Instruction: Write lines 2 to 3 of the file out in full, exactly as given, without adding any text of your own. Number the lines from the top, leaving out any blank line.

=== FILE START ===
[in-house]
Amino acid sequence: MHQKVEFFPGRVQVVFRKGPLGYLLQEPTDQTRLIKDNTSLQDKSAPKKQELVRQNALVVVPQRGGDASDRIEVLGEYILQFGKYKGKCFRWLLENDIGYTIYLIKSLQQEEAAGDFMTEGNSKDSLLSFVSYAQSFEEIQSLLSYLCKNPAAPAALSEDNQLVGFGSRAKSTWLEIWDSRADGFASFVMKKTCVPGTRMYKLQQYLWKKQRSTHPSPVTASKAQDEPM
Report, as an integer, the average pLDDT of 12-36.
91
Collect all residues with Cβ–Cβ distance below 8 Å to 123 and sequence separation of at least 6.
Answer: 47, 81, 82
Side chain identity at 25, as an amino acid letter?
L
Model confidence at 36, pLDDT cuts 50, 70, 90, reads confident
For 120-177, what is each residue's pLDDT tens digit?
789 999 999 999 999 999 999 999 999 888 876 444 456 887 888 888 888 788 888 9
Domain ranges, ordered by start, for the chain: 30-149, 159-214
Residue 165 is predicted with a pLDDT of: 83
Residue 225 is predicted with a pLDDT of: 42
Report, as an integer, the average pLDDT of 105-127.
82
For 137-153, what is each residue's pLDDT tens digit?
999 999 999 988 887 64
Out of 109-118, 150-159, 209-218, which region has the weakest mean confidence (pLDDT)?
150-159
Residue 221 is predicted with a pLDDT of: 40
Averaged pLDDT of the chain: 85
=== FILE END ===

Amino acid sequence: MHQKVEFFPGRVQVVFRKGPLGYLLQEPTDQTRLIKDNTSLQDKSAPKKQELVRQNALVVVPQRGGDASDRIEVLGEYILQFGKYKGKCFRWLLENDIGYTIYLIKSLQQEEAAGDFMTEGNSKDSLLSFVSYAQSFEEIQSLLSYLCKNPAAPAALSEDNQLVGFGSRAKSTWLEIWDSRADGFASFVMKKTCVPGTRMYKLQQYLWKKQRSTHPSPVTASKAQDEPM
Report, as an integer, the average pLDDT of 12-36.